by David M. Roth
Ruth Pastine’s supersaturated color-field paintings unite two seemingly contradictory characteristics: sensuality and remoteness. How might that work? Smashingly well, as it turns out. The Ojai-based artist blends vertical bands of strong color into gradients that dissolve seamlessly into nameless neutral shades, creating, in the adjacent areas, pools of radiant
luminosity that seem to have originated from sources other than a human hand. At first glance you may think you’re looking at a Southern California take on Mark Rothko – i.e. what the Russian émigré turned New Yorker might have done had he become a sun-drenched Angelino — but close examination reveals Pastine’s work to be markedly different, both in concept and execution.
Where Rothko articulated states of mind, Pastine’s paintings call forth primal states: human life at the very beginning, before inchoate sensory impulses coalesce into thoughts and feelings. Thus, the most vital parts of these paintings are their blurry edges, the “seams,” where one color melts into another. They take us back to the liminal state into which we were born, and in it we lose ourselves, becoming engulfed in pure color sensations, the character of which changes according to which shades dominate and how they mingle and subdivide. It’s something to which Pastine, a longtime student of color theory and nonobjective art, pays very close attention.
Consider two large canvases dominated by hot pink. Pastine keeps them from falling into the realm of eye candy by injecting into them slabs of cement gray. This emphatically non-complementary neutral color forms the midsection of one and the edges of the other, conferring on both a gravity they wouldn’t otherwise have, as well as a frisson that derives from the fact
that both paintings share many of the same colors. They’re laid down in bands of roughly equal width, making it appear as if the paintings are identical when they are not. It’s a painter’s version of three-card Monty, and it sets up an engaging visual conundrum that activates everything nearby, including, most notably, a 90-inch-tall canvas called Witness 5-V9048 (Blue Orange Light), Witness Series. In this, pale yellow at the center deliquesces into flaming orange, framed at the edges by bright turquoise. The effect is mildly incendiary. Cooler paintings employing a similar color-sequencing scheme hold sway in the nook just off the main gallery space. They’re rendered in shades of deep blue (with strong dollops of orange) and hark back to Pastine’s previous show here, Mind’s Eye/Sense Certainty Series, in which optical effects bordering on kinetic could be detected. Witness 3-S6060, (Blue Orange Deep), Witness Series, the only one here that exhibits that trait, calls to mind waves seen from a high elevation.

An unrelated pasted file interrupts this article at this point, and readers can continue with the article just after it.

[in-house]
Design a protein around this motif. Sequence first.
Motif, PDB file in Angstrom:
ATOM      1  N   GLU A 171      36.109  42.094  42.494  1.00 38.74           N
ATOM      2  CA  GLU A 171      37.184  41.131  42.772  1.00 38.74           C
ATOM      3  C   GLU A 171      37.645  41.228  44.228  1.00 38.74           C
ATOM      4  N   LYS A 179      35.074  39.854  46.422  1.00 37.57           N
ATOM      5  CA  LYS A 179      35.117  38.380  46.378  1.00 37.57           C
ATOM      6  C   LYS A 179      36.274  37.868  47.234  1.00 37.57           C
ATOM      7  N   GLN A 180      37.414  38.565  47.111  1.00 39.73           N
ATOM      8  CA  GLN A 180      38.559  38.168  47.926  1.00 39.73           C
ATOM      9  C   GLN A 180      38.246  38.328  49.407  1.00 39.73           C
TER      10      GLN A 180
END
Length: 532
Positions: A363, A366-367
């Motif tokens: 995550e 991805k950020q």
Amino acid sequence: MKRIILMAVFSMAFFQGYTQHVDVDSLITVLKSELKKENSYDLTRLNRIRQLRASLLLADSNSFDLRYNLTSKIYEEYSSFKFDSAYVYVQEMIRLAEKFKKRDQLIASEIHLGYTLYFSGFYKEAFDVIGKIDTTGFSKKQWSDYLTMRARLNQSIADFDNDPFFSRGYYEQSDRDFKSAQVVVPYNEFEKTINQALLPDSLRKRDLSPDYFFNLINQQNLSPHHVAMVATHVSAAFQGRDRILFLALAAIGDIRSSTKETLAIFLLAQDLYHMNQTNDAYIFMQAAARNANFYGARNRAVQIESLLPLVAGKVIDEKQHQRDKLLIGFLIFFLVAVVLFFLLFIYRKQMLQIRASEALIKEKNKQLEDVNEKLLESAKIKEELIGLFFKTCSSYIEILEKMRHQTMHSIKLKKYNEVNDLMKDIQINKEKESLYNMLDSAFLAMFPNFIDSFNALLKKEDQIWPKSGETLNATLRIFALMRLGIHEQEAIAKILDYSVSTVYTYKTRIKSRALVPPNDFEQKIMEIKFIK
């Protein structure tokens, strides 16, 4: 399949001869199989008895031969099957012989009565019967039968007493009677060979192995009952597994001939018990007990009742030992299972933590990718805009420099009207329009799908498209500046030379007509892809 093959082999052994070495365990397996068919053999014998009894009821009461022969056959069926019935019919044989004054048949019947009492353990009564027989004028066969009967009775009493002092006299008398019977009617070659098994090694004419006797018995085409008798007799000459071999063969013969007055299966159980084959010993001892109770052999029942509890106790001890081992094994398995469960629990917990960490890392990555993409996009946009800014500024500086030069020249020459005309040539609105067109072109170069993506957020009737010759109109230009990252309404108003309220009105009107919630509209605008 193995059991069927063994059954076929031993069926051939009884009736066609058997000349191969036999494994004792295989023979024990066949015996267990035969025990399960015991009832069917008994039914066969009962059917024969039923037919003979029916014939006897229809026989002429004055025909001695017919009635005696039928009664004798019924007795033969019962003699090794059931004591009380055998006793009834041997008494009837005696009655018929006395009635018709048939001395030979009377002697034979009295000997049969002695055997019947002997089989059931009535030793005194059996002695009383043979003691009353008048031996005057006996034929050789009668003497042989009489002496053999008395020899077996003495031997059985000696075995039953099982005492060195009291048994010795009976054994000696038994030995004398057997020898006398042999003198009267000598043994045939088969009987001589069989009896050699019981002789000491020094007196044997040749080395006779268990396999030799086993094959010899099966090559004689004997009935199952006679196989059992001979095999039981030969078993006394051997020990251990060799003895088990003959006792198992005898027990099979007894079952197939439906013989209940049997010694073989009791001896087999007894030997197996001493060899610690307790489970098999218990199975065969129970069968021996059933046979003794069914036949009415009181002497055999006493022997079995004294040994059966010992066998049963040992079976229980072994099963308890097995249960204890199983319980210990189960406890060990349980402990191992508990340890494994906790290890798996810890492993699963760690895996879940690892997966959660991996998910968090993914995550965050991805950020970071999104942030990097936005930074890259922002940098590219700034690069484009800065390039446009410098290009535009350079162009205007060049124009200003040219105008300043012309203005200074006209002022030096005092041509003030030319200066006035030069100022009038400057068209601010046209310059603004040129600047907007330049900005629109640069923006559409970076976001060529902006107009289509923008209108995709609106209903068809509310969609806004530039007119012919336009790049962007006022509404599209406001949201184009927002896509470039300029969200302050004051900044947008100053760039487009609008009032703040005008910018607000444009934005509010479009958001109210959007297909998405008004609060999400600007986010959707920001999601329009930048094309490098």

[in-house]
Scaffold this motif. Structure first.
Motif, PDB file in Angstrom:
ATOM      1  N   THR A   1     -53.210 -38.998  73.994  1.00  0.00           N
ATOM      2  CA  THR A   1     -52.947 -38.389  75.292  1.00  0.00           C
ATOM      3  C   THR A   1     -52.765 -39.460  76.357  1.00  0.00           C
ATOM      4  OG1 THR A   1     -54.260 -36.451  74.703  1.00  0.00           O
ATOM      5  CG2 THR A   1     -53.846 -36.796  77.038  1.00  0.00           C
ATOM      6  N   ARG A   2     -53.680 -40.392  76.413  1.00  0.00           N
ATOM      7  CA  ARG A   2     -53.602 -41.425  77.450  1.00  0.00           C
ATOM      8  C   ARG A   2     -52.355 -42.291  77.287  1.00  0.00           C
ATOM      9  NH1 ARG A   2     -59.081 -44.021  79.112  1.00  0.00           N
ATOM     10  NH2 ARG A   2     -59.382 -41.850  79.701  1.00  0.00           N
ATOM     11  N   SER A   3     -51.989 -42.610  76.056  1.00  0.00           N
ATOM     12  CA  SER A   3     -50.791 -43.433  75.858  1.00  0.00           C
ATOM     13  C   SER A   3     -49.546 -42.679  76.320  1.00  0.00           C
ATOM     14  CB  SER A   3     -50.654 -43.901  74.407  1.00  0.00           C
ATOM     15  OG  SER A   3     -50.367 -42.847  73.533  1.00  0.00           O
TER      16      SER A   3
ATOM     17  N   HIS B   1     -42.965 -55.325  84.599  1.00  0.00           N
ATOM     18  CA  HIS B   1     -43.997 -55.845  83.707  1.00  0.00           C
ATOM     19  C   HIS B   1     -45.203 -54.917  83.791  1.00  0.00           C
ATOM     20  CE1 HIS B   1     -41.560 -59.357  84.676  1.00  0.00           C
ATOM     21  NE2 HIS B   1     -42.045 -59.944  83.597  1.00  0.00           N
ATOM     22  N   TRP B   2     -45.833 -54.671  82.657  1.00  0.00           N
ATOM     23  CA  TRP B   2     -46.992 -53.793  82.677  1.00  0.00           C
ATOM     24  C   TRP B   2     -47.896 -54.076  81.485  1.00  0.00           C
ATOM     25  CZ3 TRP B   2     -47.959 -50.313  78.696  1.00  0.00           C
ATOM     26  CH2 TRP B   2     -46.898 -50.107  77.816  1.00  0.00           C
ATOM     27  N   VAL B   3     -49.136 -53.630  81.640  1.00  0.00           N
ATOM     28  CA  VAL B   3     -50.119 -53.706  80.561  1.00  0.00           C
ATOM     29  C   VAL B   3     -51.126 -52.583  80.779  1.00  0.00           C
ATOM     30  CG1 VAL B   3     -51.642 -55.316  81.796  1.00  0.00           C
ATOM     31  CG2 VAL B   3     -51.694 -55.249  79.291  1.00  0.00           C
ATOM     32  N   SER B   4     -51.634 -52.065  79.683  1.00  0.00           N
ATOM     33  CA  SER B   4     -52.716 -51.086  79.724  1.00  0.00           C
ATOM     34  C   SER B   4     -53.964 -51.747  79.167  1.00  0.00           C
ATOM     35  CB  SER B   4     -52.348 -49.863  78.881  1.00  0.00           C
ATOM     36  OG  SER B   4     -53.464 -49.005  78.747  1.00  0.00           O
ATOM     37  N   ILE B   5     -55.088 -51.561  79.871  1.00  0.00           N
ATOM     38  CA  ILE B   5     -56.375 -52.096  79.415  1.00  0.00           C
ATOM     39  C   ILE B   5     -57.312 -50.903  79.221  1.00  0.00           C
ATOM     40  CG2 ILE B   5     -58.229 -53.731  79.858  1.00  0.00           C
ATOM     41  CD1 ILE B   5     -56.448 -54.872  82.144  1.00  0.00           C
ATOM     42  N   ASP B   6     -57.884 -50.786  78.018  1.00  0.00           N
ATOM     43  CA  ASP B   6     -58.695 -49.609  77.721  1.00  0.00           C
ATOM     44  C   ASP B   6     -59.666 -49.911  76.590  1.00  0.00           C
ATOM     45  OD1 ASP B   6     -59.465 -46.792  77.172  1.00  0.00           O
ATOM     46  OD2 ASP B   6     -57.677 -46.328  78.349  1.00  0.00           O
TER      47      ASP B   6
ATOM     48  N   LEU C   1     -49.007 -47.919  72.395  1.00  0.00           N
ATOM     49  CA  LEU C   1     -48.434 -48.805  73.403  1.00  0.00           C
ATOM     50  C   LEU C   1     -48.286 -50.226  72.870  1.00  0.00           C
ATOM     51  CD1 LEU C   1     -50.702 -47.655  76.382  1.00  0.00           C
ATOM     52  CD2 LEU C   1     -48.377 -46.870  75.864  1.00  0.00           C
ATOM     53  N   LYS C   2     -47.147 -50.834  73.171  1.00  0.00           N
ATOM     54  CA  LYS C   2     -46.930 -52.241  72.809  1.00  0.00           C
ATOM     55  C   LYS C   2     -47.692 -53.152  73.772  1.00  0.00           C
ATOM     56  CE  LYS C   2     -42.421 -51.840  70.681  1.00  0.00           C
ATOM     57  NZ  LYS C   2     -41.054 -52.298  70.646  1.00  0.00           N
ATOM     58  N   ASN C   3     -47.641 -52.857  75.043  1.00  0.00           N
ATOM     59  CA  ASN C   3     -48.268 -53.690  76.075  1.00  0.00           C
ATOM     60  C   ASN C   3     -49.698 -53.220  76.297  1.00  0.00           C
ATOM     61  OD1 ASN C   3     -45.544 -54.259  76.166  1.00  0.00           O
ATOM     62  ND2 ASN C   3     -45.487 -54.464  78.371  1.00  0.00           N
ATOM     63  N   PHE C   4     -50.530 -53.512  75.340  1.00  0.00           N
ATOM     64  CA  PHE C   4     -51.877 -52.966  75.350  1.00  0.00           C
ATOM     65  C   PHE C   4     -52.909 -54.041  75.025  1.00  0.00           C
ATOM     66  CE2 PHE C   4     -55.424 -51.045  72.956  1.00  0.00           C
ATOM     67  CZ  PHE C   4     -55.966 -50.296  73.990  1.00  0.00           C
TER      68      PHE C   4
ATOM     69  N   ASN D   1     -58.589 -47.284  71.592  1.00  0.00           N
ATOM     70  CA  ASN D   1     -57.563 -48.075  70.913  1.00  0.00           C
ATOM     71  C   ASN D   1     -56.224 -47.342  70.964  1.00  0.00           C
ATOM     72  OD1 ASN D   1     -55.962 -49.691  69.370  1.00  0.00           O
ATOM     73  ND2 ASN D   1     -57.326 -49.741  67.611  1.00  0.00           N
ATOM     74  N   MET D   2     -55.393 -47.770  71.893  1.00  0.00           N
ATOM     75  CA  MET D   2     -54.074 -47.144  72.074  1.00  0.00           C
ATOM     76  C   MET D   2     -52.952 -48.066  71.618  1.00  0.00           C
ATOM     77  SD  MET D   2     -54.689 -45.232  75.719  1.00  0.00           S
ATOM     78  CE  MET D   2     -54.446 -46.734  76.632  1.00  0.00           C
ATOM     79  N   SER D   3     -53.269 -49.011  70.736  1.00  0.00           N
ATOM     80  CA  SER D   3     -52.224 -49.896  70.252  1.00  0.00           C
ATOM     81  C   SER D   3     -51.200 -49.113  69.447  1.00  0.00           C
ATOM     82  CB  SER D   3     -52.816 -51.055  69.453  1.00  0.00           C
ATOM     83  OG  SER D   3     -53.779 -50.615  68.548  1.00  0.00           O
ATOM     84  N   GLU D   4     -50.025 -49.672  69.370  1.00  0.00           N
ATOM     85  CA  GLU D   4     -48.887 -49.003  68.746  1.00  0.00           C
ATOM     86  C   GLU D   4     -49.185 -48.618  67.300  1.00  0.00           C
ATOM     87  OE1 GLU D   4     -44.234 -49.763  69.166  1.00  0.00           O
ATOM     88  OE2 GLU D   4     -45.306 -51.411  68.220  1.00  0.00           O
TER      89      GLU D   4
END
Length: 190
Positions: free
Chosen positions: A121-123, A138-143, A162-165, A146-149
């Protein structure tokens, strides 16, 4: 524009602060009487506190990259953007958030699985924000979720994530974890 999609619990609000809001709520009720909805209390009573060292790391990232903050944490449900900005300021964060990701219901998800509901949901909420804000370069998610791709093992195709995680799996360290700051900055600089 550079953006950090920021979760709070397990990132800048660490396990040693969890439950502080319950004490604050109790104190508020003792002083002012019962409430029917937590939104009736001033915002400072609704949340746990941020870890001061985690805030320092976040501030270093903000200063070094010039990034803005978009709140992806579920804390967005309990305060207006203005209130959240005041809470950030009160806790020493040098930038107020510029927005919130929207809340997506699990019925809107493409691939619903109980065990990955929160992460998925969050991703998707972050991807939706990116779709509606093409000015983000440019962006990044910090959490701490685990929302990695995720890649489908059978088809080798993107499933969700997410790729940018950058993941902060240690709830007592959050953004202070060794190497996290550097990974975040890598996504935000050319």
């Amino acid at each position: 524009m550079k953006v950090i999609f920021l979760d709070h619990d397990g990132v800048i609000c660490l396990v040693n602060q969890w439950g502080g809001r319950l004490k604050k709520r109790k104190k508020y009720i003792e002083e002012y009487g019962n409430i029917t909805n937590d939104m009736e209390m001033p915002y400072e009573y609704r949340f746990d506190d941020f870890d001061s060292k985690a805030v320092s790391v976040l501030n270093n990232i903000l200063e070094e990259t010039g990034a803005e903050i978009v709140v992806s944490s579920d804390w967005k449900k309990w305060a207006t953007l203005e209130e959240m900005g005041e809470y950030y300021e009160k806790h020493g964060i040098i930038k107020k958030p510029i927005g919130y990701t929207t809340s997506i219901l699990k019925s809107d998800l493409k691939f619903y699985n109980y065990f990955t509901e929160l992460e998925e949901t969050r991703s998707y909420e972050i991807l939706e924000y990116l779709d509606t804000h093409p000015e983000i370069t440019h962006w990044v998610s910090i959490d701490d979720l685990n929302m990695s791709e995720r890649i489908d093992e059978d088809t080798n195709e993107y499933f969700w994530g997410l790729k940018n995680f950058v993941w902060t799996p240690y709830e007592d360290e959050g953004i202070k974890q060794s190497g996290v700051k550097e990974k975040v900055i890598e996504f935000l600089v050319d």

Overall, in this cycle of paintings, Pastine seems to be dividing colors into fewer sub-dominant shades than before. I emphasize the word “seems” because my memory of what I saw two years ago in this room is a bit fuzzy. What I do recall is making a list of all the shades of blue I could name. It was a long one. If I repeated that exercise now the list would be shorter. Not that it matters. The eight works on view titillate the eye and set the mind humming in pretty much the same way they did earlier, the only difference being the register and frequency of said vibrations.
In keeping with the Supremacist notion of divorcing art from real-world referents, Pastine’s takes as her subject the least tangible thing of all: light. In this she aligns with James Turrell,
whose most memorable works transform museum spaces into giant light boxes, and with Robert Irwin, whose sculptures, made of synthetic industrial materials, capture light and exude it as if lit from within. Pastine’s canvases, in their radiation of strong pure color, do much the same thing. What sets her apart is that she does it with oil paint, which is something no painter, to the best of my knowledge, has ever done. How she does it can only be guessed at. The works reveal scant evidence of physical contact, so for all we know she could be exhaling powdered pigment across the surfaces. The warp and weft of the fabric peeking through thin layers of paint certainly give credence to the possibility. When asked, the artist spills no secrets, revealing only that she uses brushes.
This is a near-perfect show. But I do have one complaint. Does the title, WITNESS, really need to be in all-caps? Anyone susceptible to optical enticements of this sort is sure to understand what this exhibit is about. It needs no bullhorn to summon admirers. This a riveting display of virtuoso brushwork and mental rigor that takes in large swaths of art history and carries them forward — meaningfully and with deep feeling.
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Ruth Pastine:“WITNESS” @ Brian Gross Fine Art through February 25, 2017.